Feature Scaling: Why not use separate learning rates instead of rescaling features?

I just watched the first video in Feature Scaling, and this is what I understand…
During learning, we compute the cost. Using the cost, we update the values of weights so they can be increased or decreased according to the learning rate. These optimal weights give us the values/predictions that result in the least error. Since features have different ranges we can’t use the same constant (learning rate) to minimize them, hence we rescale those features.

1. Is my understanding correct?
2. If it is, then why can’t we use different learning rates for different features? If feature x1 has a larger range than feature x2 then surely we can use different learning rates for x1 and x2 instead of rescaling them, right?

P.S - If, for experimental reasons, we used different learning rates, could you please explain whether a1 or a2 would be larger?

For your last question, I would not give you everything, so be ready for that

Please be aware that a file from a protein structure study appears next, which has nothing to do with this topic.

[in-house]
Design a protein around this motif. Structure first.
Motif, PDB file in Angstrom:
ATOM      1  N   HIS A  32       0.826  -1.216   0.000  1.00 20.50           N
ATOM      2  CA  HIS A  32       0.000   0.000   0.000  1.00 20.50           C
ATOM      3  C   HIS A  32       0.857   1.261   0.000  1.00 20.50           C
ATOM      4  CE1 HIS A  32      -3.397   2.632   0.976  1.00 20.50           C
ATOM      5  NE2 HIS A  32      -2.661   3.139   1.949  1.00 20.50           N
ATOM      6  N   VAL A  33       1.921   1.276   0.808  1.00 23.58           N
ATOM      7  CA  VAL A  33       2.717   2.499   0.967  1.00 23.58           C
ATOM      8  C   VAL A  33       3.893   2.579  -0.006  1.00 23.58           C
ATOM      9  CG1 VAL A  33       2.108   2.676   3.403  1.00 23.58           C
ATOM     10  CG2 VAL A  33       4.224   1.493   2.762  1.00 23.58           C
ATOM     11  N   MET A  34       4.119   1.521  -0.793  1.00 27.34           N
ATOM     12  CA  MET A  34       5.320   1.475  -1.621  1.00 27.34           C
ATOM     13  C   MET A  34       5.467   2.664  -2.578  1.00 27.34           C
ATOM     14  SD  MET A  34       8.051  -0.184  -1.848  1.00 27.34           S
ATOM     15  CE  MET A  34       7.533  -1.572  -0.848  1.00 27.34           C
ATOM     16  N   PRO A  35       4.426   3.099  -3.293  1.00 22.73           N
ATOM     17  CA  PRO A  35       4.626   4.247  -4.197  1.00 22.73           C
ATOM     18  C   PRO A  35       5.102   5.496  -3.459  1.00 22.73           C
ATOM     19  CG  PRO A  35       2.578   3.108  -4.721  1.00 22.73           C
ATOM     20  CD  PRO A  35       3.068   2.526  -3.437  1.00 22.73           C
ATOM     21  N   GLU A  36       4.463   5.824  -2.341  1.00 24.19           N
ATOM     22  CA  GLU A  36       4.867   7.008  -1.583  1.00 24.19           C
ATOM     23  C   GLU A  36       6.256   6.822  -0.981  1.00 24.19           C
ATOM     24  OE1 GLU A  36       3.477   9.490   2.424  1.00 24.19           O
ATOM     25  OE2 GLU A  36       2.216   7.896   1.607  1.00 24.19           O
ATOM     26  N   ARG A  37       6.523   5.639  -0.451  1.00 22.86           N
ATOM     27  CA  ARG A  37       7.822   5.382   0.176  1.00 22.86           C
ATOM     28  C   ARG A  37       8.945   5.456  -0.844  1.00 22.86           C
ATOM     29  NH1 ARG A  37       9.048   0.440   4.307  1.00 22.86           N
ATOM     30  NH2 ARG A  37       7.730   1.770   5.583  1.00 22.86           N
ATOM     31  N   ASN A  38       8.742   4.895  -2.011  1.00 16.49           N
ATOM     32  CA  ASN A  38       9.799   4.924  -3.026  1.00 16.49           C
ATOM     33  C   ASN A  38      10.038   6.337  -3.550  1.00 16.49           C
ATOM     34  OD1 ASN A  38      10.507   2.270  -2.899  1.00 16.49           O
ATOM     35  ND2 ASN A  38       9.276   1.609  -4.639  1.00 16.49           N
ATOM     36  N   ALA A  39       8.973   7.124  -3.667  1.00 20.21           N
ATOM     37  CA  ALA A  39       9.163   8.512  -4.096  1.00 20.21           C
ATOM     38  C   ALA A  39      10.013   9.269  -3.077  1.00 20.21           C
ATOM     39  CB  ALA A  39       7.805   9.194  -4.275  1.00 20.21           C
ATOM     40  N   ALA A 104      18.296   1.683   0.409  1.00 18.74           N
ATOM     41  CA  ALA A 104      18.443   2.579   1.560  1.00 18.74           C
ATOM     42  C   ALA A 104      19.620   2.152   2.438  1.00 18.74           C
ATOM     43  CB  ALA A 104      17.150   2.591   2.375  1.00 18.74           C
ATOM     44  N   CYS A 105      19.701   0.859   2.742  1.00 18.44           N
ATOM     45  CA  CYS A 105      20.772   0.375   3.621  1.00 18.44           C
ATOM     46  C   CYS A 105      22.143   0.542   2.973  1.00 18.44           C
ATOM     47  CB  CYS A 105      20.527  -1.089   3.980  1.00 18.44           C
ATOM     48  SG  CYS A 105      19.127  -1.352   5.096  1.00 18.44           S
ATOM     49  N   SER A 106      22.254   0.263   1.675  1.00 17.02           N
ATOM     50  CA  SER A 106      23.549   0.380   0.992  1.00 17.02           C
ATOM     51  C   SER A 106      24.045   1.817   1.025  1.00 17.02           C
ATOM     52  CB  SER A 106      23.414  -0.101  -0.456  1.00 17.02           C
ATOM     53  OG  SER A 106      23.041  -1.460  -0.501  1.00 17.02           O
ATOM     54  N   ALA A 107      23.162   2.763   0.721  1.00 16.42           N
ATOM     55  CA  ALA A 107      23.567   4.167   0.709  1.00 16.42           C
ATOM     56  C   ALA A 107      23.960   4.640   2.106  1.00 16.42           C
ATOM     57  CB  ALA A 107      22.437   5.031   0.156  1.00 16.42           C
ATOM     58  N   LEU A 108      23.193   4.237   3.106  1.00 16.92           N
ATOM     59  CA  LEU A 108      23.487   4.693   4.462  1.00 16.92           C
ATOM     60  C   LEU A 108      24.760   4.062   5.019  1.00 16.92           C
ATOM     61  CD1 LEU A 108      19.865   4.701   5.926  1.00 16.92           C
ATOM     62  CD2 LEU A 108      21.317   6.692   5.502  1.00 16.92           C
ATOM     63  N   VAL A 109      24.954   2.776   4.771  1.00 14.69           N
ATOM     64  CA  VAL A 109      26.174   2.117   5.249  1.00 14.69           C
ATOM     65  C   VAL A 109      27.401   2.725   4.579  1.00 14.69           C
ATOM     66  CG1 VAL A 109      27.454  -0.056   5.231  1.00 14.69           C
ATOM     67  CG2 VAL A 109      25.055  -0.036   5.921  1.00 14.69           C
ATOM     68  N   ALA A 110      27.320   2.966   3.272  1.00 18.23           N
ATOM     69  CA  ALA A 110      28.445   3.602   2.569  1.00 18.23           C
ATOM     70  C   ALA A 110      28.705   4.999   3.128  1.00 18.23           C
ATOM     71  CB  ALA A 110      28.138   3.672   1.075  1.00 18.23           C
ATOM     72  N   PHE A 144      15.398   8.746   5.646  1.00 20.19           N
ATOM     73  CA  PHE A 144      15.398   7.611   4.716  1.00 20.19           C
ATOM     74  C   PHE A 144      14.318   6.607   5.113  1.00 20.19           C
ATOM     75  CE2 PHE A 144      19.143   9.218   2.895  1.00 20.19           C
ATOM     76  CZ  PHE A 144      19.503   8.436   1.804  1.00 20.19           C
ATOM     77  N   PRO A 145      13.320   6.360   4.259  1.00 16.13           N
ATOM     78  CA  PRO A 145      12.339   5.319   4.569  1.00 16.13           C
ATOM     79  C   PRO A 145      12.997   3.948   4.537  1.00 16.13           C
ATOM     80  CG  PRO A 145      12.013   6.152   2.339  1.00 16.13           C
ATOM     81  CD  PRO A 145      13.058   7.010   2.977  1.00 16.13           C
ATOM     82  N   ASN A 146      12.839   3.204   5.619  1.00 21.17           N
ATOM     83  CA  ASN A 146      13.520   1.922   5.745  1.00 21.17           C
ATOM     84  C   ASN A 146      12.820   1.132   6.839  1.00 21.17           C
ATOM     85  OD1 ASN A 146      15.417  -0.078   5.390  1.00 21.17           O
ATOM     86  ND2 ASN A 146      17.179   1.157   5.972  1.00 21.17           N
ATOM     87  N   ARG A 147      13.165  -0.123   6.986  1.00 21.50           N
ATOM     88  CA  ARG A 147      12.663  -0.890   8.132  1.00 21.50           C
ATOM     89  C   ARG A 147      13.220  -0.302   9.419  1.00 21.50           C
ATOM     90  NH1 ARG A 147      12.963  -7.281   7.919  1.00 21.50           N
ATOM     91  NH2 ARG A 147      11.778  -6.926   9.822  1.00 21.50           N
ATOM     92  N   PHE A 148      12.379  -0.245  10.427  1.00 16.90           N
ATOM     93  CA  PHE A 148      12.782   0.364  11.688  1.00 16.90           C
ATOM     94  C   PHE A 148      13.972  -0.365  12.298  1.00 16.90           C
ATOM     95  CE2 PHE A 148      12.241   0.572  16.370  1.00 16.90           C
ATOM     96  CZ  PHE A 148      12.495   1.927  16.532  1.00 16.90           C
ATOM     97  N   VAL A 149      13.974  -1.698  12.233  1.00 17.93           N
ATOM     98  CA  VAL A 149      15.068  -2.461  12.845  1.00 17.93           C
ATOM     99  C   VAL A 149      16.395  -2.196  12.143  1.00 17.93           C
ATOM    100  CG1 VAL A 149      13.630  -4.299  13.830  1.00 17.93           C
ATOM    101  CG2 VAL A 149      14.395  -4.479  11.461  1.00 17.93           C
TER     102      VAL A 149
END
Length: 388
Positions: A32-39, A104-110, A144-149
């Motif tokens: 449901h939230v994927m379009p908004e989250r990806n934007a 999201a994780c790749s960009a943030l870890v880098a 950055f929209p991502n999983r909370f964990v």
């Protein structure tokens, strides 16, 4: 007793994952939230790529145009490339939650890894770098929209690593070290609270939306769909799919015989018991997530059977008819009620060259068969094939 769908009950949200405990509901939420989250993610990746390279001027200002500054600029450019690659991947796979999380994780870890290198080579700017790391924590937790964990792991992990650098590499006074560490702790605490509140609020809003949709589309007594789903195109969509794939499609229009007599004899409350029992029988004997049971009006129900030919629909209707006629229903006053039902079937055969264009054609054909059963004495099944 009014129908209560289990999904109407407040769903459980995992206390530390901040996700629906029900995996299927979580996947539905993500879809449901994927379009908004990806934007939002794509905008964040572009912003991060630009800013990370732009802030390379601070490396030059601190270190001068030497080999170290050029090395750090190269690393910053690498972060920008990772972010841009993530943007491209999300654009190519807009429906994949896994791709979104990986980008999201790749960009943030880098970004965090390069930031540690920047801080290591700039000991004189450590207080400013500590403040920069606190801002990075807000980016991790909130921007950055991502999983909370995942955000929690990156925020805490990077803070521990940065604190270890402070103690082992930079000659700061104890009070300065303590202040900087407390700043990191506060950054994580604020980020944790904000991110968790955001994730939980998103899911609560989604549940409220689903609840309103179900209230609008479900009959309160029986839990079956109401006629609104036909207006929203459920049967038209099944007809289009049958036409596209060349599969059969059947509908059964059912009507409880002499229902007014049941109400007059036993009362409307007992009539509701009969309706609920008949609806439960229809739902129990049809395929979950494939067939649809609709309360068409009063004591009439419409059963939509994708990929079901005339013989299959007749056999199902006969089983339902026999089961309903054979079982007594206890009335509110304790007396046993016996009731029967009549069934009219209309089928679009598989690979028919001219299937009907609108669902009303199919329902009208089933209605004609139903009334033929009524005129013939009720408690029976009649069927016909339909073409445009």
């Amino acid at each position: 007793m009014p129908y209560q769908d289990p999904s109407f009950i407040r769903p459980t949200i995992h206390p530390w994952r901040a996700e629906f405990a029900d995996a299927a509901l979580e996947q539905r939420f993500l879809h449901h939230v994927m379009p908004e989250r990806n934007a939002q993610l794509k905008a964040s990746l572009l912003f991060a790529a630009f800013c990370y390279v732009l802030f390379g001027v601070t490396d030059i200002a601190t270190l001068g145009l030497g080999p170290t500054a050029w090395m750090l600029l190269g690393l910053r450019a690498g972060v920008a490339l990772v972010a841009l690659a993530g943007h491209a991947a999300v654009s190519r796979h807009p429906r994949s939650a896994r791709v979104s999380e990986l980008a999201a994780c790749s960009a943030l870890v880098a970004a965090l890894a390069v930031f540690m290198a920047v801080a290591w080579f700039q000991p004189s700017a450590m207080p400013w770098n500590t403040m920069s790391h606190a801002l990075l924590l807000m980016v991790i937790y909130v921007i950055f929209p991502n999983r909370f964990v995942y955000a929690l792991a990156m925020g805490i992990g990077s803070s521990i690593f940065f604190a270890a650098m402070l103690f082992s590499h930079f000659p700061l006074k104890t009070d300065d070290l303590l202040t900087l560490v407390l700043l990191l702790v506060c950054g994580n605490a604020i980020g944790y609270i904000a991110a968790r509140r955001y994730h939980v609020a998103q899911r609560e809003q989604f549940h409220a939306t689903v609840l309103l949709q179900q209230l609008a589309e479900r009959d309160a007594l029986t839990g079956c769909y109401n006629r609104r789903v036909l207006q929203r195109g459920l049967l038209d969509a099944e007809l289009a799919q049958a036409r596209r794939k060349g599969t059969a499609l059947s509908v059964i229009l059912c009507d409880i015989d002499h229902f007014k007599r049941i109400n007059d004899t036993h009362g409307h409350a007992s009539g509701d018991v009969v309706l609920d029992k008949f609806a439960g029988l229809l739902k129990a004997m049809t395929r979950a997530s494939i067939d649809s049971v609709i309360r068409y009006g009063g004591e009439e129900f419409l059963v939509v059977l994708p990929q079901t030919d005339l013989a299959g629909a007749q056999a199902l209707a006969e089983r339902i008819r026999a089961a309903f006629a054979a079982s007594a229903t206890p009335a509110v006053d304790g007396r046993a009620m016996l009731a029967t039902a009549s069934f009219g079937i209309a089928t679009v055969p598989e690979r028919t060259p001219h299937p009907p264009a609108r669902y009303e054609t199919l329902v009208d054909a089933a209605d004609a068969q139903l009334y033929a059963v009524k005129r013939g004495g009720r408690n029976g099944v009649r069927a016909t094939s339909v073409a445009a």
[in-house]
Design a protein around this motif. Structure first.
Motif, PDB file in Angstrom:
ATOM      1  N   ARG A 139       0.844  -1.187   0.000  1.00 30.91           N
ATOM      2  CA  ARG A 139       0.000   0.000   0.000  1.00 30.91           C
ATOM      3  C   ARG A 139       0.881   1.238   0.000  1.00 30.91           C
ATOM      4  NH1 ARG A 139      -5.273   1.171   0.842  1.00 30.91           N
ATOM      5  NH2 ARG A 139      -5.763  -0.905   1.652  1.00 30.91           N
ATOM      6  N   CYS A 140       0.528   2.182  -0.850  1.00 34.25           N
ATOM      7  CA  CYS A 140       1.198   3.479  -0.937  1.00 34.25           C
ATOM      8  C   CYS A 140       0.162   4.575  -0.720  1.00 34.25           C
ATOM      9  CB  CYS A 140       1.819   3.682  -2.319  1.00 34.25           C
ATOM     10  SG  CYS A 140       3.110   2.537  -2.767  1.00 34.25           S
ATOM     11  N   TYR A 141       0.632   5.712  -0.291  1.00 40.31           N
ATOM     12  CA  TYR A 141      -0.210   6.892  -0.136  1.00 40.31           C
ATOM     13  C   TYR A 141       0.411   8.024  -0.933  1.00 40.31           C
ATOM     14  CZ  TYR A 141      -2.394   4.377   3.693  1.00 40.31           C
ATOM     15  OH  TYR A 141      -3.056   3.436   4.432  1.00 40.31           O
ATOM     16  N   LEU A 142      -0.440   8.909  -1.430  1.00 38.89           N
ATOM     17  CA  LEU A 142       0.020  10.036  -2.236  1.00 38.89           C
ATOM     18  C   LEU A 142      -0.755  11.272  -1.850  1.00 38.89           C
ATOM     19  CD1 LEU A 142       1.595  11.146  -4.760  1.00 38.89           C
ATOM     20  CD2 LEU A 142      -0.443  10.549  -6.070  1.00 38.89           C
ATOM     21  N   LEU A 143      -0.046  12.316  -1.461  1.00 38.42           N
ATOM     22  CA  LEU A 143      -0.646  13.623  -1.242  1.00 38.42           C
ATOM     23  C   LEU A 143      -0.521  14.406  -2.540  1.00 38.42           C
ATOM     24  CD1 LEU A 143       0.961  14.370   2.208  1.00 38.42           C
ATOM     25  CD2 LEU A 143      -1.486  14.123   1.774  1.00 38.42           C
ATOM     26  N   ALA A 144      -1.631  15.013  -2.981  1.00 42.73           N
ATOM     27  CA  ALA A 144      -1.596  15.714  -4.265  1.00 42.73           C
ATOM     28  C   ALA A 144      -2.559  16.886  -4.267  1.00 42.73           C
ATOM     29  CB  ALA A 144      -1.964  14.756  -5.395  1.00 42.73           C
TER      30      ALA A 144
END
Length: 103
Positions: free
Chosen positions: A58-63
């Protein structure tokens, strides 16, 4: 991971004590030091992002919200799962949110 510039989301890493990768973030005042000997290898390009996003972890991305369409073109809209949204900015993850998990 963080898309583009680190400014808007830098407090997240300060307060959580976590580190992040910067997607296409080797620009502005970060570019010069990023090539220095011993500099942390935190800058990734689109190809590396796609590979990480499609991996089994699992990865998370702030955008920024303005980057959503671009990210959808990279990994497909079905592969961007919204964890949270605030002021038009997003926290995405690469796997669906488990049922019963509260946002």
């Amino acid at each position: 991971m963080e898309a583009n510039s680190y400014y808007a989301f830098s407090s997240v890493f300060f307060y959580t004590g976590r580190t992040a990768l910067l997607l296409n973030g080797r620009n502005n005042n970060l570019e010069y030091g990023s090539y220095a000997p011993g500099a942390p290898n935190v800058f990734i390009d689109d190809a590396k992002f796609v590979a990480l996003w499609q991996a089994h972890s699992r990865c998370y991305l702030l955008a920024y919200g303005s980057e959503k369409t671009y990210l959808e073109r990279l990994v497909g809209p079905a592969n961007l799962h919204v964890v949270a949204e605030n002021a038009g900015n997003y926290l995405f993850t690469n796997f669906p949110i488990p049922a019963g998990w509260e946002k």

First one first:

Learning rate does not control direction. Learning rate is always positive. Gradient can be positive or negative at each training step, so Gradient controls the direction. Therefore, I wouldn’t say “according to the learning rate”.

We can. We just don’t. If rescaling can save us from setting one learning rate for one weight (strictly speaking, it is not for one feature, but for one weight), then why care to set many learning rates? Don’t forget that we can have many weights.

Also, how would you decide those weights? By the ranges of features? If we have to consider the ranges to set a learning rate for one weight, then why don’t we just scale the features because scaling also considers the ranges. Afterall, managing and tuning for one learning rate is easier than that for many learning rates.

This is the part I will leave it to you to experiment, and/or to think, because you can get the answer yourself by experimentation.

For the “think” path, I can give you something to start with. Recall that the following is the gradient formula for a weight:

1. The change of weight does not just depend on the learning rate \alpha, but also the gradient

2. If you look at the formula, the gradient is proportional to x^{(i)} (which in turns affected by the range)

Alright, that’s all I will say. If you come up with any theory from the “think” path, I suggest you to experiment the theory with some data that has features of pretty different ranges.

Good luck, and keep practicing!
Raymond

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